Among other vendors, Asus introduced its new
It was also interesting to see Samsung’s newest take on, with the Chromebook Pro using a Core m3 Skylake processor, and the Chromebook Plus, using an undisclosed ARM processor. Both include 12.3-inch quad-HD touch screens, a stylus, and weigh 2.38 pounds.
There were also a number of new gaming laptops. Lenovo offered a new name for its gaming systems, calling it, with the Y520 and Y720, both with Core i7 processors, but the first including a 4K display and GeForce GTX1080 graphics card.
, including new versions of its Alienware 13, 15, and 17 laptops, with new processors and Nvidia graphics. In addition, the company showed its Inspiron 15 7000 series, which can include the latest processors, GeForce 1050 or 1050 Ti graphics, and full HD or 4K displays, starting at $799.
Samsung stepped into the market with its newgaming notebook, which will come in 15.6 and 17.3-inch sizes.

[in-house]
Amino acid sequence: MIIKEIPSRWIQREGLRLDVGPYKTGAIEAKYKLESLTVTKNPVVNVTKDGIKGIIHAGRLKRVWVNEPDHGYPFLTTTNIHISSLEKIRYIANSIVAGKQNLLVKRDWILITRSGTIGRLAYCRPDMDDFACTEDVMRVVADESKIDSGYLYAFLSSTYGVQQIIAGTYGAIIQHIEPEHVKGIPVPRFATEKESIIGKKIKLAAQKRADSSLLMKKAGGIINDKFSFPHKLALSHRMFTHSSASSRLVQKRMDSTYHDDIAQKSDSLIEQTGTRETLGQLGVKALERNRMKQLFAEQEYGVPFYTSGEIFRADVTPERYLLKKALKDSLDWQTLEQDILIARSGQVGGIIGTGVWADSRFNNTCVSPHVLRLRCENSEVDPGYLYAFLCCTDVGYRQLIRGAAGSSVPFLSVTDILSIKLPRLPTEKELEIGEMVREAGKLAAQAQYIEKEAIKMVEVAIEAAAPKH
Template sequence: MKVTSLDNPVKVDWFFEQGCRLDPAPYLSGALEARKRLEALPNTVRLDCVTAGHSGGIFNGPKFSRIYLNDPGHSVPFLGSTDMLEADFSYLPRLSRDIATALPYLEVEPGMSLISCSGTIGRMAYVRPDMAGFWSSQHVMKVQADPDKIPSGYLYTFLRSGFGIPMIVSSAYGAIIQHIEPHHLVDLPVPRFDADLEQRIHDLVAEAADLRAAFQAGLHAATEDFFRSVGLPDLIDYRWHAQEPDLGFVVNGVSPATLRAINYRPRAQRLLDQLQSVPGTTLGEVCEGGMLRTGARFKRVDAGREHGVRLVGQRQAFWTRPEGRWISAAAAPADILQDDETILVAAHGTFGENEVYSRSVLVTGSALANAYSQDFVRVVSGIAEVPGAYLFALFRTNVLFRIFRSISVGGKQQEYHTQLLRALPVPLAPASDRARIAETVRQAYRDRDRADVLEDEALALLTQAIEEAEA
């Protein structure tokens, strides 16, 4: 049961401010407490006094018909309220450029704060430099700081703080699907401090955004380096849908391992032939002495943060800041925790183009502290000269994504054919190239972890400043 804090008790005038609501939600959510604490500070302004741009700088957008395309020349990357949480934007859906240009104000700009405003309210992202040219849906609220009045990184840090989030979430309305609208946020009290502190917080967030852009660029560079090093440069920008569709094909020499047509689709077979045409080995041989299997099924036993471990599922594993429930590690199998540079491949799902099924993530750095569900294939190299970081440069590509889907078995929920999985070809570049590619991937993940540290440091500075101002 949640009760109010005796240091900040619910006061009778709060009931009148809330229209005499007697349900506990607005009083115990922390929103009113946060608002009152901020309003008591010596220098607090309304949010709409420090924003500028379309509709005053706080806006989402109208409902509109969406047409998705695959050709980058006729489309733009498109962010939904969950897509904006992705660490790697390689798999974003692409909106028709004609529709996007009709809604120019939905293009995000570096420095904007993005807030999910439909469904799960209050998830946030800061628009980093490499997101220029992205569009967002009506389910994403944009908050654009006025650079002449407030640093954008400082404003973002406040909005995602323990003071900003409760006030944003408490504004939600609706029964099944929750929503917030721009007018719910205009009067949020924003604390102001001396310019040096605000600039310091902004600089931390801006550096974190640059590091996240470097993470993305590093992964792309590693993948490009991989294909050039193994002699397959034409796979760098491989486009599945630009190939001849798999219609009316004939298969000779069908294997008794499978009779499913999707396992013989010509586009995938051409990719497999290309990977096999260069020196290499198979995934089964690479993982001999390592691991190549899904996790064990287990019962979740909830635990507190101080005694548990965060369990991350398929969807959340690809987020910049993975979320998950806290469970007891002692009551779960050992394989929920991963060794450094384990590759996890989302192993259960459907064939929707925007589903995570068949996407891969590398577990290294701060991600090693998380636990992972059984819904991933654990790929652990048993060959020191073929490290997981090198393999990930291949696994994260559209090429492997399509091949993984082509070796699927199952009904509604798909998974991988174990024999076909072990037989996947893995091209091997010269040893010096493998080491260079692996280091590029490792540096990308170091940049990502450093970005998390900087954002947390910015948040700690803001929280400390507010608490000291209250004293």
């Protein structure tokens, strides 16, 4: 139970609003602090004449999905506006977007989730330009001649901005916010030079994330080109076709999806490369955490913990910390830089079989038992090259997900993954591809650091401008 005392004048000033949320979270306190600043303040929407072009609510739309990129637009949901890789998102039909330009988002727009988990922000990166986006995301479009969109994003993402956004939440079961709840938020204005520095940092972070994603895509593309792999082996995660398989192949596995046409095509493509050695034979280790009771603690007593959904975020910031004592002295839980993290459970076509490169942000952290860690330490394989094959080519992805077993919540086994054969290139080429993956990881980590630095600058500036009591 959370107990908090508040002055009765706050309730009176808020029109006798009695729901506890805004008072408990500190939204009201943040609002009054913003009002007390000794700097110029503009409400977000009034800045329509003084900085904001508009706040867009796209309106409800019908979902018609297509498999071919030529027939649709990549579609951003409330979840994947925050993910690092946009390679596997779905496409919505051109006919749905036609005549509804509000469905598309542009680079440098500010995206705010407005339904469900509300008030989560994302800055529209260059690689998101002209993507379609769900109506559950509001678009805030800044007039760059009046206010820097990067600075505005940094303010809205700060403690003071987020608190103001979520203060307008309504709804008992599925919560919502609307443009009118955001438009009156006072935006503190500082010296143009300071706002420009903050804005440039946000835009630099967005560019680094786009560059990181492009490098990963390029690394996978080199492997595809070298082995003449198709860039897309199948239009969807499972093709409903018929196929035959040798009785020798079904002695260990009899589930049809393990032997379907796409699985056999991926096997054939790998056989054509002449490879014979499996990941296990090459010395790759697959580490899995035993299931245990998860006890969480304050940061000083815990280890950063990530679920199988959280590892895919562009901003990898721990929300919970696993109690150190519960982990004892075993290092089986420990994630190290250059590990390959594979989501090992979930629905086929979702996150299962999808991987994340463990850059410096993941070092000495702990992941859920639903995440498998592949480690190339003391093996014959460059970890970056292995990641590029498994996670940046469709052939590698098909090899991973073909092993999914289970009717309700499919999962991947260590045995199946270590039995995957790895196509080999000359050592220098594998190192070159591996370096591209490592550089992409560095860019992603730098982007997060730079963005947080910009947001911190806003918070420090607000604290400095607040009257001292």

A number of companies showed new desktop ideas, but the most interesting
I also liked the look of the, with a widescreen WQHD display. Meanwhile, Dell showed off new versions of its XPS and Precision all-in-ones.
Finally, I was a bit intrigued by a company called, which makes tiny computers with its own operating system (Endless OS), effectively a stripped-down Linux distribution with all the tools and documentation, including articles and video designed to help people learn how to program.
The company has been pushing the concept for a
Michael J. Miller is chief information officer at Ziff Brothers Investments, a private investment firm. Miller, who was editor-in-chief of PC Magazine from 1991 to 2005, authors this blog for PC Magazine to share his thoughts on PC-related products. No investment advice is offered in this blog. All duties are disclaimed. Miller works separately for a private investment firm which may at any time invest in companies whose products are discussed in this blog, and no disclosure of securities transactions will be made.